South Bay beaches reopen after tar balls forced closure

Tar on South Bay beaches

Workers pick up tar-like substance in Manhattan Beach on May 28.

(Christina House / For the Los Angeles Times)

Officials reopened South Bay beaches Friday evening after crews spent two days clearing the sand of tar balls that washed on shore, U.S. Coast Guard and Los Angeles County Department of Health officials said. 

The closure, which affected nearly all South Bay beaches, from El Segundo to the Torrance-Redondo Beach border, had forced officials to shut down the portion of sand from the lifeguard towers to the water.

County officials advised beachgoers to stay away from cleanup efforts and out of the water because contact with the tar balls could result in skin irritation.  

Most of the tar pieces were found in the Redondo Beach Jetty, King Harbor Jetty and Hermosa Beach, said Coast Guard Commander Charlene Downey.  Earlier Friday, crews have retrieved 40 cubic yards of tar balls, equal to three dump trucks.


The origin and chemical makeup of the tar balls still remain a mystery.

Officials gathered samples of the tar for testing. Test results could take a few days to several weeks.

The substance, however, has tested positive for low amounts of volatile organic compound, making it slightly flammable.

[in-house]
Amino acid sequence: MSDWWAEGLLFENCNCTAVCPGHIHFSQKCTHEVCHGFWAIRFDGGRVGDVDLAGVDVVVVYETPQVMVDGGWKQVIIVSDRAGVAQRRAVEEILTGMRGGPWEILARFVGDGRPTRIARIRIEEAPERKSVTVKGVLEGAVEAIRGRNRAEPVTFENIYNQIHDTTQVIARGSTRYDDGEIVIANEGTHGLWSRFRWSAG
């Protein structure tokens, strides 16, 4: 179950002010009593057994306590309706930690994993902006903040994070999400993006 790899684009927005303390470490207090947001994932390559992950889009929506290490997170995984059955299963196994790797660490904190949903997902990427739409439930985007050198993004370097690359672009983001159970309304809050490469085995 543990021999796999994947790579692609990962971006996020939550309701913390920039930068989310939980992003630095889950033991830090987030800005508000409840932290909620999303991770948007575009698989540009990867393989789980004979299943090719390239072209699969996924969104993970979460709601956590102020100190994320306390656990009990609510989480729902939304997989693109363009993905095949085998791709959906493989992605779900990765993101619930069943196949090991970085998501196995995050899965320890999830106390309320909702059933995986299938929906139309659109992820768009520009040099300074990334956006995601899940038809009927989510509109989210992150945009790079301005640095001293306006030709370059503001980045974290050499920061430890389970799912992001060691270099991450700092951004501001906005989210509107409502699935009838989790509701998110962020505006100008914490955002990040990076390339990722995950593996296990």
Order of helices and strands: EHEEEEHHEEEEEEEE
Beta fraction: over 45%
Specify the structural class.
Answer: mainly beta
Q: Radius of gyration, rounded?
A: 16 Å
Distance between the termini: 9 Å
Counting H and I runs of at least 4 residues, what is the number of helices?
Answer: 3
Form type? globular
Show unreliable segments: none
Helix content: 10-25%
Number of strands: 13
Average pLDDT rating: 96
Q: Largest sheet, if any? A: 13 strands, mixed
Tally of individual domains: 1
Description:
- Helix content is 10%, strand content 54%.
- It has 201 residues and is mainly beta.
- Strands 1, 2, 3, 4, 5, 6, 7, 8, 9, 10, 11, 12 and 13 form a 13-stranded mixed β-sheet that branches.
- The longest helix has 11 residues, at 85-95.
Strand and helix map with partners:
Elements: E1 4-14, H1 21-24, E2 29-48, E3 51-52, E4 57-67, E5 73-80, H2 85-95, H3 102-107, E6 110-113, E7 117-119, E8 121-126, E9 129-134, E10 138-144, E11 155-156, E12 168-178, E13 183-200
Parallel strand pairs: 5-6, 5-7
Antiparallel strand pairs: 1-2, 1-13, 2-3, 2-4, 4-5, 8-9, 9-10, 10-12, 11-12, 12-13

Scientists with the National Oceanic and Atmospheric Administration are investigating whether the tar balls traveled from Santa Barbara County, where last week’s oil spill released as much as 101,000 gallons of crude. An estimated 21,000 gallons of oil spewed into the Pacific.


The tar balls could have come from natural seepage, which is not uncommon in the area.

“Anything is possible,” Downey said. “It’s a dynamic environment.”

The baseball- to football-sized tar balls were first spotted about 10 a.m. Wednesday just off the coast, and within hours they had washed ashore and coated sand between 34th Street in Manhattan Beach and Longfellow Avenue in Hermosa Beach.

On Thursday night, an oiled loon was found by a good Samaritan who tried to wash the gunk off but was unable to do so. A rescue team is caring for the bird. No other wildlife has been affected by the tar substance, said Saul Garcia of the California Department of Fish and Wildlife.

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